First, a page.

Tuesday, 3 January 2017

The Modern Day Dream

When I was a kid it was my ambition to play cricket for England. Sadly, I wasn't good enough. The dream of pulling on those three Lions is replicated around the world. The Baggy Green of Australia, the Maroon of the West Indies, or the Protea of South Africa will be the ultimate goal to thousands of children in their respective countries. Yet the modern day player seems to be putting money before the jersey and I find it sad that the innocence of the childhood dream is being taken away; not to mention the opportunities for home grown youngsters.

Kyle Abbott
First things first. This isn't political, it's not about race, nor am I some UKIP supporting right winger who promotes all things British. Far from it, in fact what I am about to mention stinks of the old Commonwealth. Instead of pillaging minerals from the earth of foreign lands, it now looks as if the rich are gathering cricketers instead, to the detriment of the countries involved.

News has come through today that Kyle Abbott, the South African paceman is looking to shelve his childhood dream of playing for his country, turning his back on the Proteas and playing for Hampshire as a Kolpak player. With Simon Harmer signing for Essex and Hardus Viljoen coming to Derbyshire this summer, South African cricket looks to be in a spot of bother. Personally I'm not aware of Abbott's salary for South Africa but they are not in the leading three when it comes to remuneration. He should get around the 100k mark for Hampshire, a salary that numerous Division One players are currently earning. It is obviously a lot more than he is currently getting by opening the bowling with Dale Steyn.

Quick bowlers tend to get paid more as there are fewer of them and their career span is often shorter than their team mates. Abbott is 29 years of age - an age which is considered in his prime for a cricketer. These are his 'salad days' as Tony Hadley would have sung. Sadly, I'm not sure if Abbott is believing in his soul, although Hampshire are offering him a financial 'lifeline'.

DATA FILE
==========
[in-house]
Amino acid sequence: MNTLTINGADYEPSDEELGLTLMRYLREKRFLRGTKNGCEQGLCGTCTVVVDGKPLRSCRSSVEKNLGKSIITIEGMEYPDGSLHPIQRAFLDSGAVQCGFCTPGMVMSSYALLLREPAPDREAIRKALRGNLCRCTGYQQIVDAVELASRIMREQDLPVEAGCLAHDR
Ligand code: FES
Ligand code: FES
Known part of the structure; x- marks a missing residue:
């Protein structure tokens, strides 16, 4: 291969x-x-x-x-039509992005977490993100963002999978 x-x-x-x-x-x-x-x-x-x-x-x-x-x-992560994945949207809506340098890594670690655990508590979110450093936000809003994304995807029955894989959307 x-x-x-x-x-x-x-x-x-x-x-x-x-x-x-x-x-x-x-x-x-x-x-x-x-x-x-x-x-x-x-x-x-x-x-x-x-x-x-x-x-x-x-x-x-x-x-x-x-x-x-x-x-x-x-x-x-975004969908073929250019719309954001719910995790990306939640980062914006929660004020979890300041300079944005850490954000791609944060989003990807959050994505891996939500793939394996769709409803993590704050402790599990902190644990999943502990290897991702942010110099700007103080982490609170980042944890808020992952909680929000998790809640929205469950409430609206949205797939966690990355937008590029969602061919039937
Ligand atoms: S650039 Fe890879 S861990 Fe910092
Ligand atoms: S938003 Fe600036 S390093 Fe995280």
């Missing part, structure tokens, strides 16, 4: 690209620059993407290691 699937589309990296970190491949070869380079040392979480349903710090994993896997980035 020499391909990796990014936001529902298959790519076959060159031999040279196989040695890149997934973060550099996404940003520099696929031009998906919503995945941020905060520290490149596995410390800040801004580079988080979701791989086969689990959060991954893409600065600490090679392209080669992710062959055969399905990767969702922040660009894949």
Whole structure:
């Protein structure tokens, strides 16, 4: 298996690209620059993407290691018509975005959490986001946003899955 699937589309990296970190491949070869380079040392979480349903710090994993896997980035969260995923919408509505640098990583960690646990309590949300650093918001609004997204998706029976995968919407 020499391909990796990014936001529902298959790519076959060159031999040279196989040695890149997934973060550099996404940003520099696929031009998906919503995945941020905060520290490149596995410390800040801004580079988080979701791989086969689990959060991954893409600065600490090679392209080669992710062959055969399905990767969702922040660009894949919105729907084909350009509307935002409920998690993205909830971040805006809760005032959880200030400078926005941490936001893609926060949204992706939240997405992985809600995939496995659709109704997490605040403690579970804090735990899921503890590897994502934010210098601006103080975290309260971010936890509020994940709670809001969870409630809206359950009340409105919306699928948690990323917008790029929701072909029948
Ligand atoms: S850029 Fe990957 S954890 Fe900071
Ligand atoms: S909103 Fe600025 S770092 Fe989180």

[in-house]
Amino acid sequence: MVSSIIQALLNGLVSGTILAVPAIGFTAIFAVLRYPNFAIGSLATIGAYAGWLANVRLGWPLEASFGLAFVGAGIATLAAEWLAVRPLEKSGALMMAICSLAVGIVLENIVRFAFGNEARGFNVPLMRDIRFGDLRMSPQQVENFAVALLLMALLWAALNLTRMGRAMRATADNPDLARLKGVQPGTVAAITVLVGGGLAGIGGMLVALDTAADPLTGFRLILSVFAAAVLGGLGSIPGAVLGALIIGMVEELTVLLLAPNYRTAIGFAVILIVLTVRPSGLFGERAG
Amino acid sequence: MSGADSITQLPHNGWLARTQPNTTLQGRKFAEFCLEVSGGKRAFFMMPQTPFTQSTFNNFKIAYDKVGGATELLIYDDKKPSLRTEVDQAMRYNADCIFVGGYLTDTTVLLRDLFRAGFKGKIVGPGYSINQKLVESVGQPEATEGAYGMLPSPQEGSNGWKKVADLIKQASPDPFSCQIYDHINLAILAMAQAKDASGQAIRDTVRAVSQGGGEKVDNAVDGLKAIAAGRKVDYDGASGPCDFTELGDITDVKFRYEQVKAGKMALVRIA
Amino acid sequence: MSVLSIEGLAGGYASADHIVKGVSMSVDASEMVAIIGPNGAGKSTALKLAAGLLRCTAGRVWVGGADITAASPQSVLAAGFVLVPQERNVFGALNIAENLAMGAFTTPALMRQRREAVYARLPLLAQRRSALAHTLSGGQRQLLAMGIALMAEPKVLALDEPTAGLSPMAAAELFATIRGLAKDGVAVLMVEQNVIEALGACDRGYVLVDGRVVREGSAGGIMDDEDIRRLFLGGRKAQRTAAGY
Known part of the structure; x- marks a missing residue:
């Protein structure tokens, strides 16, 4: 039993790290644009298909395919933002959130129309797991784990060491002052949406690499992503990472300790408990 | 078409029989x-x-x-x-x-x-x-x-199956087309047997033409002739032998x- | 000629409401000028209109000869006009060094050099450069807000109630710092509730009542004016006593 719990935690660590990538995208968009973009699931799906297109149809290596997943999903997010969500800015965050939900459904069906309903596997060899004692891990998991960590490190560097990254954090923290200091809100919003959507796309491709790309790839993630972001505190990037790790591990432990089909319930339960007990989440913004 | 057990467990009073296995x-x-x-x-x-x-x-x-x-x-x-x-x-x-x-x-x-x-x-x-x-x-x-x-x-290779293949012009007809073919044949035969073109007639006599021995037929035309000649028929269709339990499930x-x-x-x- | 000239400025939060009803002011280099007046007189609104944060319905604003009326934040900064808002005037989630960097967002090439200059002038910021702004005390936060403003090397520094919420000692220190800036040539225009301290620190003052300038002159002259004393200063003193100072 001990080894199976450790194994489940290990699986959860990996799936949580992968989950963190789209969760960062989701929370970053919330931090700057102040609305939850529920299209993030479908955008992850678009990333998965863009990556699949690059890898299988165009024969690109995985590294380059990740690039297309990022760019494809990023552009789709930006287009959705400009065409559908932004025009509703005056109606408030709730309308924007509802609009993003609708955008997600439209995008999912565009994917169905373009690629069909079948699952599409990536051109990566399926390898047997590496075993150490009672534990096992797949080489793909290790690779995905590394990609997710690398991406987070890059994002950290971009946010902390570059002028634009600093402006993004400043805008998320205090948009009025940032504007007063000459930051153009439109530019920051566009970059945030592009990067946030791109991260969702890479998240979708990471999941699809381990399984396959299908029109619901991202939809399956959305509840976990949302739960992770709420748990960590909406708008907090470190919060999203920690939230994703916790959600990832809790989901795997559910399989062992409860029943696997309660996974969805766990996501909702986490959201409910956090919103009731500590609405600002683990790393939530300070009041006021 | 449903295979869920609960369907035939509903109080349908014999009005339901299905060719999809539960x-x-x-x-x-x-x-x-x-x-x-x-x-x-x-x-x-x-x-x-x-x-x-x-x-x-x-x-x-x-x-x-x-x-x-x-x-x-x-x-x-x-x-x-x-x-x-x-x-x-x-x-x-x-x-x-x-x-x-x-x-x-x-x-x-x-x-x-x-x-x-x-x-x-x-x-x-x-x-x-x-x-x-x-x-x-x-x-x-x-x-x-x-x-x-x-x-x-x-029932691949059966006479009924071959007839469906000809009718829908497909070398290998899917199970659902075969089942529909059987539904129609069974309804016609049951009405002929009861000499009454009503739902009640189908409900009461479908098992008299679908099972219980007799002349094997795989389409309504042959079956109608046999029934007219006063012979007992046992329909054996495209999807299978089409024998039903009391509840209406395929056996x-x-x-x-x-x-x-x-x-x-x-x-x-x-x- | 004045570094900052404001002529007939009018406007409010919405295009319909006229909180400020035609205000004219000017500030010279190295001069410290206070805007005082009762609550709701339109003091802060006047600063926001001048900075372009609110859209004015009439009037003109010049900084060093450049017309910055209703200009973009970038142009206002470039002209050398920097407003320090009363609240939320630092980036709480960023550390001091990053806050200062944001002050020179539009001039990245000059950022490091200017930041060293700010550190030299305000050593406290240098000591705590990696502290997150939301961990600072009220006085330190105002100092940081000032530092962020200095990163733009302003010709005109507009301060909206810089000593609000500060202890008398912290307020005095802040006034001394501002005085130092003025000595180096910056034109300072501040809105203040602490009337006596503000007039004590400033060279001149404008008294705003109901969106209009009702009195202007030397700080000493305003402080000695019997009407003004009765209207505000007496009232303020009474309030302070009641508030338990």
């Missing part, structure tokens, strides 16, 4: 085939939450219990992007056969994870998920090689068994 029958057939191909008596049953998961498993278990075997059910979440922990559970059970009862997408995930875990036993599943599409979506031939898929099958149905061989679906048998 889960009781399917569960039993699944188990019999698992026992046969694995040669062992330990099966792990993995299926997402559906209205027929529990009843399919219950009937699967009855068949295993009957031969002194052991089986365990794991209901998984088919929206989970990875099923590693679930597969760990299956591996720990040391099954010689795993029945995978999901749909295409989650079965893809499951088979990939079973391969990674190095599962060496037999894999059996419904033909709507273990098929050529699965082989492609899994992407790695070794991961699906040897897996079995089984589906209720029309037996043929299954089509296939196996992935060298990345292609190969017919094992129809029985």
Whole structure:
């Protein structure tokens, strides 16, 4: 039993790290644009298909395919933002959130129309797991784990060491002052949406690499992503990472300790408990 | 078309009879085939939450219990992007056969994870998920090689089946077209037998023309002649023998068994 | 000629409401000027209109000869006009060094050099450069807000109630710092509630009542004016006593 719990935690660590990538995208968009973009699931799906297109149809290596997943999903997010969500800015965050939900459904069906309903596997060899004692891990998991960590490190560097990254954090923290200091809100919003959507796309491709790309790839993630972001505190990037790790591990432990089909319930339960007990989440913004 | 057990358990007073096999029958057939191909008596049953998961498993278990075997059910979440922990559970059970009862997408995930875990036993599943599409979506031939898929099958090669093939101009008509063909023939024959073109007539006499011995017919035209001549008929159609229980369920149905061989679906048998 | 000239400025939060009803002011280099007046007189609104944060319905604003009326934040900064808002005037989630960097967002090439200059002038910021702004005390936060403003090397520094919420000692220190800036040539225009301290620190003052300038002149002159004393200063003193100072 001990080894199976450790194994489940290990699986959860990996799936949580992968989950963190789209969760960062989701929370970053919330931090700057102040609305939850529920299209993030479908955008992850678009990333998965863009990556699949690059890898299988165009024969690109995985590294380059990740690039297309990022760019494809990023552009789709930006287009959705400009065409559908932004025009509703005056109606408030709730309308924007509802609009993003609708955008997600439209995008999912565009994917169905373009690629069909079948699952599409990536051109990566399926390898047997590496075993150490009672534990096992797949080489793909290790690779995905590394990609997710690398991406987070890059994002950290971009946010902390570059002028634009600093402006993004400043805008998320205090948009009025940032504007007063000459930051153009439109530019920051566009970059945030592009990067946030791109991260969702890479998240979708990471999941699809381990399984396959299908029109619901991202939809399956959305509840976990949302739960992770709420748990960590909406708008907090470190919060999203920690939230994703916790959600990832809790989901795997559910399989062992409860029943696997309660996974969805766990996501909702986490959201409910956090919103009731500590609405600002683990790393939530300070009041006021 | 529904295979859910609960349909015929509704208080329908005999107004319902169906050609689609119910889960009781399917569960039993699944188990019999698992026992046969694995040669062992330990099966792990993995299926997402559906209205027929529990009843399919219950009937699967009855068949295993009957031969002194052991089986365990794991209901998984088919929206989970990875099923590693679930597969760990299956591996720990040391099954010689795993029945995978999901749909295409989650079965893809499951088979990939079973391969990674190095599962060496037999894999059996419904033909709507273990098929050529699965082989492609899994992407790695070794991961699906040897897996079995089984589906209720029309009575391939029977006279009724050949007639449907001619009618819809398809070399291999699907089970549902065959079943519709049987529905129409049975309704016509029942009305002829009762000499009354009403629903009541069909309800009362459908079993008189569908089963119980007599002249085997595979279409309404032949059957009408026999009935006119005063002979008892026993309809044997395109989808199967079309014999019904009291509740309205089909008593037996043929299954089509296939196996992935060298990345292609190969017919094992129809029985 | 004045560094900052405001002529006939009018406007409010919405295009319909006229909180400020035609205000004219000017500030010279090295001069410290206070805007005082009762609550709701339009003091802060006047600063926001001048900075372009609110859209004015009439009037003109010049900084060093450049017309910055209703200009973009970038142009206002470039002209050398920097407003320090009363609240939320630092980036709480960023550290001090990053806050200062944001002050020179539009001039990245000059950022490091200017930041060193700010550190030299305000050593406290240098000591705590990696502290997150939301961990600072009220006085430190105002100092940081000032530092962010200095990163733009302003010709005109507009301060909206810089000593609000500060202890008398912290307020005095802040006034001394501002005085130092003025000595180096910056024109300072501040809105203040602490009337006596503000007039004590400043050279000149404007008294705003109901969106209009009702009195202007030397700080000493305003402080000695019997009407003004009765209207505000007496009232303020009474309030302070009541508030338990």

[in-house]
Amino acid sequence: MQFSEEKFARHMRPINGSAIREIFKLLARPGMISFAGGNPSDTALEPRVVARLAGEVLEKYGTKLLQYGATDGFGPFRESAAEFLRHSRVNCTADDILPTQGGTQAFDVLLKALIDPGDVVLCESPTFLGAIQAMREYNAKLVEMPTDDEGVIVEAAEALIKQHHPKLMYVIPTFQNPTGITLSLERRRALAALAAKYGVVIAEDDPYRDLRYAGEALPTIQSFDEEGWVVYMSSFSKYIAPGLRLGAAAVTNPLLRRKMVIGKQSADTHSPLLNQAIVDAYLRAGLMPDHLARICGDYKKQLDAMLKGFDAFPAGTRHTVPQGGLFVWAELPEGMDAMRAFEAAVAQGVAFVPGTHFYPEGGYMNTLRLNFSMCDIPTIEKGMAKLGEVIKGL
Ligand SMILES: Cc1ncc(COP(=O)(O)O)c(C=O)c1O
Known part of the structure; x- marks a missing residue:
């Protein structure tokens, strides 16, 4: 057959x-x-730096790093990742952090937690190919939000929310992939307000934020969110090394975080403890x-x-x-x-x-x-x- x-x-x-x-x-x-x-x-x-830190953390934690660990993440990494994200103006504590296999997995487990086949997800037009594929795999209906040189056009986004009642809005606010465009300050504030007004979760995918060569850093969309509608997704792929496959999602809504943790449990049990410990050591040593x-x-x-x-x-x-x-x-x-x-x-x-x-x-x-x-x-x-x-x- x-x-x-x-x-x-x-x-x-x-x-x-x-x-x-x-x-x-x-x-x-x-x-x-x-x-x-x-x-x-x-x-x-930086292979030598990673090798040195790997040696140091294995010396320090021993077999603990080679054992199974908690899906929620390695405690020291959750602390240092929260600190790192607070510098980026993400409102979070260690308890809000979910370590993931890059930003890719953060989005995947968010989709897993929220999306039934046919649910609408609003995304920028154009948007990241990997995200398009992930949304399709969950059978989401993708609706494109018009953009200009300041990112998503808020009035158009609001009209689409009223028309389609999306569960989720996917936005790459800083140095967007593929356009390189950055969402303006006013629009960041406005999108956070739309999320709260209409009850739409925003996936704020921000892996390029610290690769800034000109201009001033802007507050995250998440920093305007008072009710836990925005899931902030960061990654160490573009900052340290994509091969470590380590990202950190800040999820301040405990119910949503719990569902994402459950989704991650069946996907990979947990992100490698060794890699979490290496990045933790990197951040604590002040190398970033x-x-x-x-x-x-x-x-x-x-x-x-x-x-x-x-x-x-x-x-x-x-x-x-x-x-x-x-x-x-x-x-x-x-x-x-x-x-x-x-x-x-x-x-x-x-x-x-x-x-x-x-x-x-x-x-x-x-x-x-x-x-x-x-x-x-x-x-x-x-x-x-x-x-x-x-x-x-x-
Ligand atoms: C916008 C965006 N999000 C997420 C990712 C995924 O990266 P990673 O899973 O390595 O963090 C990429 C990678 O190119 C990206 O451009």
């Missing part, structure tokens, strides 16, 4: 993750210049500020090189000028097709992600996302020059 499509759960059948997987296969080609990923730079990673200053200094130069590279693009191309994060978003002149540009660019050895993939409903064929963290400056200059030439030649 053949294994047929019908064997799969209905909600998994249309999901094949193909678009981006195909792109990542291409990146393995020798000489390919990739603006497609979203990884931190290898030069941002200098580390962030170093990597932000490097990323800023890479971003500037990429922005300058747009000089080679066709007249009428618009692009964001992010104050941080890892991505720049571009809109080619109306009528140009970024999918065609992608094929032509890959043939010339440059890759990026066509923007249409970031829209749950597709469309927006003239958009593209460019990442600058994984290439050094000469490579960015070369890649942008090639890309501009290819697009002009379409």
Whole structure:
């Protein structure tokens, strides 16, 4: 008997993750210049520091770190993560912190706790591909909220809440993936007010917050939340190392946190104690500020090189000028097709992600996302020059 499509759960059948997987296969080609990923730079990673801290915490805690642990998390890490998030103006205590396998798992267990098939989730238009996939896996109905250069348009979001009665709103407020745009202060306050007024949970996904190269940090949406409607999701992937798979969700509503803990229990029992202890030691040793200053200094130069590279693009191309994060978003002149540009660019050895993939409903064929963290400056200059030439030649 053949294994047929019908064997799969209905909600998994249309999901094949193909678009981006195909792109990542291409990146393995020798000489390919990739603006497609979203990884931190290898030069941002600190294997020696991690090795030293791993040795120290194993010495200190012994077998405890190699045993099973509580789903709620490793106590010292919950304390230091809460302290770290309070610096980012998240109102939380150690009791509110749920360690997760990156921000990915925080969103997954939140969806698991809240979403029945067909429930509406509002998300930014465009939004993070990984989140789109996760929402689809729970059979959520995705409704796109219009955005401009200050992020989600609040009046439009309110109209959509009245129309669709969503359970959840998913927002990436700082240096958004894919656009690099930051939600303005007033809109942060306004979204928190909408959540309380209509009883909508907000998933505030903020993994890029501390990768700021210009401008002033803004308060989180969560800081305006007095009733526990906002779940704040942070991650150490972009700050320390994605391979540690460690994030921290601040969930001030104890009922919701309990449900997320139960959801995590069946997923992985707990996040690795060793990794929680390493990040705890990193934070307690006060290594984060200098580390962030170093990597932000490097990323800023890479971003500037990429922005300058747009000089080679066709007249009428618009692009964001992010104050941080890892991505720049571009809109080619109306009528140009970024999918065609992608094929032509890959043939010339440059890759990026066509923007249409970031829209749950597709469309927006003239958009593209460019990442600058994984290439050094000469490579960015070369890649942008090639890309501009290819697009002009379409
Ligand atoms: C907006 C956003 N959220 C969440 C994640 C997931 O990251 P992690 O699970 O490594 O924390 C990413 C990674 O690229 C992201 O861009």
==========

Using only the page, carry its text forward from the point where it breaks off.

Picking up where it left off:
Hardus Viljoen

South African cricket has been lagging behind England and Australia in recent years when it comes to salaries, let alone the wealth of Indian T20 players. You can't blame the players for wishing to secure their future in what can be a short career. But where has the love gone? Where has the pride gone in wanting to represent your country? Abbott would no doubt, have toured the UK with South Africa this coming summer.

I'm not classing these three in the same bracket as Kevin Pietersen, Keaton Jennings or Matt Renshaw. All three had a parent of English or Australian heritage and made their choice to play internationally for their maternal sides. They are a different kettle of fish despite the protestations of some Australians on social media, with Jennings having skippered the South African Under 19 team.

The rules were tightened up a few years ago in 2012 that players had to wait seven years instead of four, unless you are under 18, to qualify for the country in which they ply their trade. Otherwise you would have seen the same result as Rugby Union where the islands of Fiji and Samoa have been stripped of their assets. In fact, a staggering 21 players of 'qualification status' played in the Six Nations of 2016, according to Darren Gough on Talksport a few weeks ago. France have recently announced that they are not going to go down this route any more.

Football is another sport, where the South American or African up and coming star feels he has to come to Europe to earn the best money. Some wish to play in the best leagues in the world, others are here to secure their futures. No doubt, they will then end their careers having been 'tempted' by the staggering salaries on offer in China at present.

It is not just South Africa who could well struggle in future years. Surrey brought over Ravi Rampaul from the West Indies to many a raised eyebrow in South London. It seems that players who are on the fringes of national sides such as Abbott or those whose career may be towards the latter years like Rampaul, seem fair game to English sides. Whether that is promoting young English talent towards the Test team is a moot point?

Ravi Rampaul

But do the counties have a responsibility to the game to promote more English born players? The boom in global mobility means that we have seen numerous overseas players here in recent years, Kolpak or otherwise, playing under short term contracts. The days of overseas professionals staying with their counties for ten years or so, as we saw in previous eras has lone gone. These days they tend to fly in for a couple of months and are then replaced with another. The constant cycle of international cricket means that the best are not available for April to September any more.

The questions have to be asked though;

Where does this leave the smaller cricketing nations and their stars?

Will South Africa or the West Indies become like Fiji or Samoa in Rugby?

Do the counties have a responsibility to provide as many players as possible to the England cricket team?

What is the driving factor in sport? To pick up as much money as possible in a short period or to play at the pinnacle of the game?

Today, I am not sure of the answer to any of the above.